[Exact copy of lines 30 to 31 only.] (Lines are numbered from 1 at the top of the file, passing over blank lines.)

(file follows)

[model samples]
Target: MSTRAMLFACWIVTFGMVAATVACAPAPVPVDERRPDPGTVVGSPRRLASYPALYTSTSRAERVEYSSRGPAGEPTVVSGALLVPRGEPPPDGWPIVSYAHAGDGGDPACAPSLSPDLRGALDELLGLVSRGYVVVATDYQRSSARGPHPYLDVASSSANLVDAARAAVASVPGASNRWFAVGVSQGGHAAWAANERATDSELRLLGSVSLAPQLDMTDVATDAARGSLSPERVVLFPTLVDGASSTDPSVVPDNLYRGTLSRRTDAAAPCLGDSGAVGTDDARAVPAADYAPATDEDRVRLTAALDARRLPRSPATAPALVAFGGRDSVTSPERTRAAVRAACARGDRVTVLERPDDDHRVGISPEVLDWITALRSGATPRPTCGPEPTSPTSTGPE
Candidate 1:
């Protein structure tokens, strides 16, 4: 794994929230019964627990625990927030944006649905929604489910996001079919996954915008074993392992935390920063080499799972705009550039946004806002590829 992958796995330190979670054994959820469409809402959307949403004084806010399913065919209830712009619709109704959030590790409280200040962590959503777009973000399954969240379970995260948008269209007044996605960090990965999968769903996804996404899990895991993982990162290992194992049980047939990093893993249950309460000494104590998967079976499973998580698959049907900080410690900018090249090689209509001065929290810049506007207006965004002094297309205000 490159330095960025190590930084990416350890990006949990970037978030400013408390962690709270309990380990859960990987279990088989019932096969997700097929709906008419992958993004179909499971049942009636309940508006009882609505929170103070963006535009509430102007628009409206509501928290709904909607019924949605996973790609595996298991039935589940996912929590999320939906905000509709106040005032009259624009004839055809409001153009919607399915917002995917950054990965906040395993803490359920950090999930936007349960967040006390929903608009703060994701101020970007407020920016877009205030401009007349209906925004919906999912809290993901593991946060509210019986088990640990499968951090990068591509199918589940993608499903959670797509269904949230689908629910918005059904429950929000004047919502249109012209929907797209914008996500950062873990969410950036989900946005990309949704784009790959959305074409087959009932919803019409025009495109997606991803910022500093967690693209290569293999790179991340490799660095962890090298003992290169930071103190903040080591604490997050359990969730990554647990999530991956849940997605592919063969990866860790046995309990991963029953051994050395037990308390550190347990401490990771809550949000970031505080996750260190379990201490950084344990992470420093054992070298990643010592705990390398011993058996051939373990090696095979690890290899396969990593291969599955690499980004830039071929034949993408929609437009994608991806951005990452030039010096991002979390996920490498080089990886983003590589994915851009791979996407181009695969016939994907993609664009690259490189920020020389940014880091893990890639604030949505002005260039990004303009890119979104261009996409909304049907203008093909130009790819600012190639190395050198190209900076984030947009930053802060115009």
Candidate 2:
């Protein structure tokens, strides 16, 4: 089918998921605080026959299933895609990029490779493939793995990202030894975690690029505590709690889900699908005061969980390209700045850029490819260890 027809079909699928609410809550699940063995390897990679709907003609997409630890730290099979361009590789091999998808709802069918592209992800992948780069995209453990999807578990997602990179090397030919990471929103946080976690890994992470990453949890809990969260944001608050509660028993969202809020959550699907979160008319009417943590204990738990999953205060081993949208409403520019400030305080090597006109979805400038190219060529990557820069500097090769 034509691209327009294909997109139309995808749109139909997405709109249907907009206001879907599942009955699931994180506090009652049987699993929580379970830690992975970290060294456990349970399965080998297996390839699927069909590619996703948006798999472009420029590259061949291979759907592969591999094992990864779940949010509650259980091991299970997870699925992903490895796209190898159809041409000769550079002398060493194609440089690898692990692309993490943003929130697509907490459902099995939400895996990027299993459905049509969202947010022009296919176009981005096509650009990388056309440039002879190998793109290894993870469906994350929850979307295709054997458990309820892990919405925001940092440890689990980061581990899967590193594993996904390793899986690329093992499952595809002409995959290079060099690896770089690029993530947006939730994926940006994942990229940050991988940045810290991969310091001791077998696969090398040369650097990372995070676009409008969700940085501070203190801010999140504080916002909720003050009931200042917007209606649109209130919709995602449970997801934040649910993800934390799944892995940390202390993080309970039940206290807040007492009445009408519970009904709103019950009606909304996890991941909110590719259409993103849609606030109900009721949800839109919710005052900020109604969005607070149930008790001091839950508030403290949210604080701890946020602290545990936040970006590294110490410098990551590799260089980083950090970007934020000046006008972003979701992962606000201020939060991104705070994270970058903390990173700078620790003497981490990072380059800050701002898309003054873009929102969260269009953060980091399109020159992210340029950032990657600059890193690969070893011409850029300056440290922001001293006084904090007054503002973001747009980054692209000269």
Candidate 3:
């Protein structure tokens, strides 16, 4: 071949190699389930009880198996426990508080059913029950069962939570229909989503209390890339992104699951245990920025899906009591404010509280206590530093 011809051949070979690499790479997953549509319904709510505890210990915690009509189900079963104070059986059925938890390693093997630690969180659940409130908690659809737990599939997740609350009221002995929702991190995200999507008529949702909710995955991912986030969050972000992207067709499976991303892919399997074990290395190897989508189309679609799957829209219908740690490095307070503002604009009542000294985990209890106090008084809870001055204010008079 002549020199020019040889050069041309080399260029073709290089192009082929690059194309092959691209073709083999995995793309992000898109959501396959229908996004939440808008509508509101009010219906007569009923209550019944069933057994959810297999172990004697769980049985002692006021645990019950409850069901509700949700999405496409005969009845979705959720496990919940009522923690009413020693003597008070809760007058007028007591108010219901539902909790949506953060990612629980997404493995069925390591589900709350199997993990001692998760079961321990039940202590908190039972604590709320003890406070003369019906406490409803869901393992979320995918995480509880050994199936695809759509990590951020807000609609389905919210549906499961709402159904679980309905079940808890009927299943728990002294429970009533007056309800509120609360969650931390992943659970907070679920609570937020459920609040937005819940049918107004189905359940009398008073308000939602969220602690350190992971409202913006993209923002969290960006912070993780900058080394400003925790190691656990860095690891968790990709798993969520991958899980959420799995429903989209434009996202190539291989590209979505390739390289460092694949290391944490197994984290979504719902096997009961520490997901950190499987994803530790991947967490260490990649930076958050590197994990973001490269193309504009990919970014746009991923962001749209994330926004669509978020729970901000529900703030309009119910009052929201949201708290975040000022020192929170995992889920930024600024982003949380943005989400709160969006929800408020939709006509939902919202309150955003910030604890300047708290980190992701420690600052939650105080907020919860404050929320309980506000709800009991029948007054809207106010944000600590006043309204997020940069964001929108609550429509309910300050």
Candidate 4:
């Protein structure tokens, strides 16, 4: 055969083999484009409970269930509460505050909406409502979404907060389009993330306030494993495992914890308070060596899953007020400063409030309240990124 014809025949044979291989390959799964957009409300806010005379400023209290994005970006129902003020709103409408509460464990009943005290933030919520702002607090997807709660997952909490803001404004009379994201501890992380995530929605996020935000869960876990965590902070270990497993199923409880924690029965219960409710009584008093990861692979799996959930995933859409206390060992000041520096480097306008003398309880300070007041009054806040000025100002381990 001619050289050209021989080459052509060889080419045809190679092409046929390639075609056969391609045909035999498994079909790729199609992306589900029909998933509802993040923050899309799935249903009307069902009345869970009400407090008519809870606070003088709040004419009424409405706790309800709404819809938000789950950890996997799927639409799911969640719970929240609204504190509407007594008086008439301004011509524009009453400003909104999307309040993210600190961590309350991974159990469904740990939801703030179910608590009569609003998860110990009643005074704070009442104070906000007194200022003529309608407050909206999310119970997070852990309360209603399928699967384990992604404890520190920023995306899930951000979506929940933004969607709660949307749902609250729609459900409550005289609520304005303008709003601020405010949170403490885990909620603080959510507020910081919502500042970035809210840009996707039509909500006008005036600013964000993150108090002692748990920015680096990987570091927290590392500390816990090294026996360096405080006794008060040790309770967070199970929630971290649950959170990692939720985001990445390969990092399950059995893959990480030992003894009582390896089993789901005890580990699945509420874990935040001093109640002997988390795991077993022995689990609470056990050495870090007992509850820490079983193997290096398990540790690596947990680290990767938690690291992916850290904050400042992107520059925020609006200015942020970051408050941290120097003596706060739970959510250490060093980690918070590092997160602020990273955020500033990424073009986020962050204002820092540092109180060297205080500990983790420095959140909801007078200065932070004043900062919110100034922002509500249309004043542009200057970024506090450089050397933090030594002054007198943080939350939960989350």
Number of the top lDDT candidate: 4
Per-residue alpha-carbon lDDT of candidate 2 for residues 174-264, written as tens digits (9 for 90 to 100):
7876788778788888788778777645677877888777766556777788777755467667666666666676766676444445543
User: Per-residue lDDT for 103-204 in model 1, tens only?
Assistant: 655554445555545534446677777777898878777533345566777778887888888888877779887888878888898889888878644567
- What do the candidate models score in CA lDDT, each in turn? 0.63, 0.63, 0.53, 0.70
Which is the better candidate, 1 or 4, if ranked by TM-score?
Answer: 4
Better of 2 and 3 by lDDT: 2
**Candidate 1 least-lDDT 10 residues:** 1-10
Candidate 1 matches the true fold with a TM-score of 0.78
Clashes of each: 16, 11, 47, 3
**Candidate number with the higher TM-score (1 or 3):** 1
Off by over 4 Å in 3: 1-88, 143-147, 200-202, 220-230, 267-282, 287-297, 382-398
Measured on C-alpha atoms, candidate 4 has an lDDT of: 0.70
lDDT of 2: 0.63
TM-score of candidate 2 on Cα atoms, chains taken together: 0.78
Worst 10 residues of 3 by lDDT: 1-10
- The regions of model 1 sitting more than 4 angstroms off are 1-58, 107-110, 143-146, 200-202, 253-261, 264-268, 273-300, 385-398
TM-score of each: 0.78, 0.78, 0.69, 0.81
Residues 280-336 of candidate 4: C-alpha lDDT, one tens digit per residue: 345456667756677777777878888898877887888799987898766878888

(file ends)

TM-score of each: 0.78, 0.78, 0.69, 0.81
Residues 280-336 of candidate 4: C-alpha lDDT, one tens digit per residue: 345456667756677777777878888898877887888799987898766878888